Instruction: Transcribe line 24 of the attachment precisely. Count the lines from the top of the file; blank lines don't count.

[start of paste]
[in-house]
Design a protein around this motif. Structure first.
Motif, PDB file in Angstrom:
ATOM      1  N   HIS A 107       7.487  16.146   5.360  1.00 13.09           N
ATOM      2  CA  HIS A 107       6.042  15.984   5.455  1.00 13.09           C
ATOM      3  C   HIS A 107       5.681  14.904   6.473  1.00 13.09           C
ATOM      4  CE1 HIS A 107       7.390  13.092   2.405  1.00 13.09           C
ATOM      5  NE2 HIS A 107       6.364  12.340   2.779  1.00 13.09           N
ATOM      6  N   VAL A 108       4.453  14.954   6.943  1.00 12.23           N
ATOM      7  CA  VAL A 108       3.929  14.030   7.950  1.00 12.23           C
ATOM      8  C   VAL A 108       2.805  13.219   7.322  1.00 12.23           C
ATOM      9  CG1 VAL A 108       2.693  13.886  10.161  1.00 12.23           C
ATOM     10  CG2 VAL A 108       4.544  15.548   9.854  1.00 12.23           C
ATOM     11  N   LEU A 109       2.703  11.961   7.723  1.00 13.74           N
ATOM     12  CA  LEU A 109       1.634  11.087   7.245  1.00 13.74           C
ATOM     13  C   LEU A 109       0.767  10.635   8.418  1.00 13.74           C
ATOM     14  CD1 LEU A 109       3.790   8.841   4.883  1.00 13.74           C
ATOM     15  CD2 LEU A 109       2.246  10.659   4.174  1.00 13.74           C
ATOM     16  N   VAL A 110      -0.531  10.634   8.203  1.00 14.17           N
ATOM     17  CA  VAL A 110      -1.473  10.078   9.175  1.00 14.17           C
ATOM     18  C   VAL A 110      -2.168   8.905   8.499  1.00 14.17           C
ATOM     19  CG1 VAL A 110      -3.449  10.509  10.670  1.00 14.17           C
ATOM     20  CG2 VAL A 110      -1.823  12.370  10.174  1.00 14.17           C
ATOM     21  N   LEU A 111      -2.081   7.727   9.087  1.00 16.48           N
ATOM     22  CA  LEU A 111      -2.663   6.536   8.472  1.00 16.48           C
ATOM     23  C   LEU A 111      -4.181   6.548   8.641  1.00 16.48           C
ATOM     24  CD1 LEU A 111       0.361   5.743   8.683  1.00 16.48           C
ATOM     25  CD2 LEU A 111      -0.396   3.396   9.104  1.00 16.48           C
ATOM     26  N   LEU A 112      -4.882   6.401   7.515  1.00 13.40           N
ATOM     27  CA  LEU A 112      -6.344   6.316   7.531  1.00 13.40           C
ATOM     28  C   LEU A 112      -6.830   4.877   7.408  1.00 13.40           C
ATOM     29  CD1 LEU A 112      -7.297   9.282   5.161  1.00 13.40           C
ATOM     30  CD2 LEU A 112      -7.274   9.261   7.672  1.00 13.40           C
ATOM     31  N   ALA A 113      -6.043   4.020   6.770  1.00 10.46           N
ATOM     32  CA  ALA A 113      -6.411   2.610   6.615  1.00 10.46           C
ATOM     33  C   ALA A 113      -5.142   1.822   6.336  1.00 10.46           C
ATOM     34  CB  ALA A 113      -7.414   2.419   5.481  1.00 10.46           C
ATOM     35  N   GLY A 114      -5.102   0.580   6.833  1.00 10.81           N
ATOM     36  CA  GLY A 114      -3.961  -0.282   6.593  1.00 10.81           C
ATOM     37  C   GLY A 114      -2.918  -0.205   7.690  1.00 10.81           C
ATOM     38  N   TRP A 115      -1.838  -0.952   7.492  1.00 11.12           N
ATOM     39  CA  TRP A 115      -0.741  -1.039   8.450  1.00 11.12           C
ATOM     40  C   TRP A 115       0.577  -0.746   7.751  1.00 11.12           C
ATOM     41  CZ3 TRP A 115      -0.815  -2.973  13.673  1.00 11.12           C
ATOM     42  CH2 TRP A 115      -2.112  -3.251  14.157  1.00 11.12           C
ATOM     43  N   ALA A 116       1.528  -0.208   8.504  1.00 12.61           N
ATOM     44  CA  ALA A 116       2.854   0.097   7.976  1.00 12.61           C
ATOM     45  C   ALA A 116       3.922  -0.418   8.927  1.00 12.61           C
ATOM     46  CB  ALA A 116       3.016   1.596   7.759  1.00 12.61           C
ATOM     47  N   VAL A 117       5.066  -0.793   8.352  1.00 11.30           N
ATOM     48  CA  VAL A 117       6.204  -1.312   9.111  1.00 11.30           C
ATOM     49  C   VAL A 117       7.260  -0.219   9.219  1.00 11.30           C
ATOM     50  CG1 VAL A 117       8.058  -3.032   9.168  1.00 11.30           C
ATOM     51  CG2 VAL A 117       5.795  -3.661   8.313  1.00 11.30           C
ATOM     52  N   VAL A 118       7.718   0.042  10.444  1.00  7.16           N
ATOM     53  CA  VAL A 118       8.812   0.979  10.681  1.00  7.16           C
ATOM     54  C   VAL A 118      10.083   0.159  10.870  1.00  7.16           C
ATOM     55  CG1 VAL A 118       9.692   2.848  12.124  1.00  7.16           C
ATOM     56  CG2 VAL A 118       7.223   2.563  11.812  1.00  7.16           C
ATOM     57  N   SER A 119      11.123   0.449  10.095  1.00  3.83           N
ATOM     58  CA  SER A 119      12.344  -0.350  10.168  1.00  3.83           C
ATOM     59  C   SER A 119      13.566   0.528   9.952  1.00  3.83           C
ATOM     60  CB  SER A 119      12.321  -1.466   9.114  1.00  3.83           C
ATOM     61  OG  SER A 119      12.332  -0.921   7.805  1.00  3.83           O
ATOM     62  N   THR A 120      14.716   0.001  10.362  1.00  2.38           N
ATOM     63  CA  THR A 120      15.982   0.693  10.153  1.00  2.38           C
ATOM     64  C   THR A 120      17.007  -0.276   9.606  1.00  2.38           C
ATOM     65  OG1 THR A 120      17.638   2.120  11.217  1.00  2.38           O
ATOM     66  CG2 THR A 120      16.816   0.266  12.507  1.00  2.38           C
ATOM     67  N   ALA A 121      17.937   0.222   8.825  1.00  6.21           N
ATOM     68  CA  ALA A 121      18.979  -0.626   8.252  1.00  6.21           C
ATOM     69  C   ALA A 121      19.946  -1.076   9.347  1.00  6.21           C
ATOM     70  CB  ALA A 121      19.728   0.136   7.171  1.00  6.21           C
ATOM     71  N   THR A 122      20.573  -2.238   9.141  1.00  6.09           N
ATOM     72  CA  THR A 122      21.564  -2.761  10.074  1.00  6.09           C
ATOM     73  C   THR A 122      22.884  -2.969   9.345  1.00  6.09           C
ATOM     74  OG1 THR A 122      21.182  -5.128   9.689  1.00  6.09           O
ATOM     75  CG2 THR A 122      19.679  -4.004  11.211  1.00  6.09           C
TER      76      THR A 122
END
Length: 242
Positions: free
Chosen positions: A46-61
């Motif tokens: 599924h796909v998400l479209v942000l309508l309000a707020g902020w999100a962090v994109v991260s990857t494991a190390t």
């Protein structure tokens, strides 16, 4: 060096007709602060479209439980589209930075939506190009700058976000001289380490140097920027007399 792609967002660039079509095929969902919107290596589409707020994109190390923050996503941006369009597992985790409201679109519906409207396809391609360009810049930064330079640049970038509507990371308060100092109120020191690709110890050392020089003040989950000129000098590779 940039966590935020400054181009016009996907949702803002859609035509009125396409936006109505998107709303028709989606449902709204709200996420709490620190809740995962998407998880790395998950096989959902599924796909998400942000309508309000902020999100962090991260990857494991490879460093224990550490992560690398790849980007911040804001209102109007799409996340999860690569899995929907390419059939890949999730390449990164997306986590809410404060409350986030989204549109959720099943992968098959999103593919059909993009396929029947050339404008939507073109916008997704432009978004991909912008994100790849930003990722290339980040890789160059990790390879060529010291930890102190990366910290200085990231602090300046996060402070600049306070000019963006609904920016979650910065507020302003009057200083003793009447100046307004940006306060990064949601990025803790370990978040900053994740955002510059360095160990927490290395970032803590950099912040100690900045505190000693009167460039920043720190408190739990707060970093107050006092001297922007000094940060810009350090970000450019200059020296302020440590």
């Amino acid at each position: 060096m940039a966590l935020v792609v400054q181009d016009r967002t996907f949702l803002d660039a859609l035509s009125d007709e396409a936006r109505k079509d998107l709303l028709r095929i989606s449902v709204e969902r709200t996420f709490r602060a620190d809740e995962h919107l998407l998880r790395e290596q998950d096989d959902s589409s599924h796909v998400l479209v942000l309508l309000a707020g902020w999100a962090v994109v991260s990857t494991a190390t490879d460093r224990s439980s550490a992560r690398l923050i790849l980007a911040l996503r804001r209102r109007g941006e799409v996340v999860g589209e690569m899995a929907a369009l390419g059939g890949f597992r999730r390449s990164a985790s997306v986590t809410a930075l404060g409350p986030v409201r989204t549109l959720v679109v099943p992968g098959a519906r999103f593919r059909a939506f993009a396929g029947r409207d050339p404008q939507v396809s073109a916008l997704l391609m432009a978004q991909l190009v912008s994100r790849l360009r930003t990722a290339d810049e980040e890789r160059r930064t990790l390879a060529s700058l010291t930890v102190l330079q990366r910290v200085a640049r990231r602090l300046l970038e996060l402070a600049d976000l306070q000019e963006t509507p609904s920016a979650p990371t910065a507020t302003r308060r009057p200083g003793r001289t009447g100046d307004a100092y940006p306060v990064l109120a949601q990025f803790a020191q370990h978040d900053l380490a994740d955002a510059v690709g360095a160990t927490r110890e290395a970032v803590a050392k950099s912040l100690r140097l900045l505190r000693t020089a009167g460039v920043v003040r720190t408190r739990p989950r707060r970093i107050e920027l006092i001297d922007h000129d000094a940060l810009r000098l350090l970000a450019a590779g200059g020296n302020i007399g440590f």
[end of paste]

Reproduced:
ATOM     21  N   LEU A 111      -2.081   7.727   9.087  1.00 16.48           N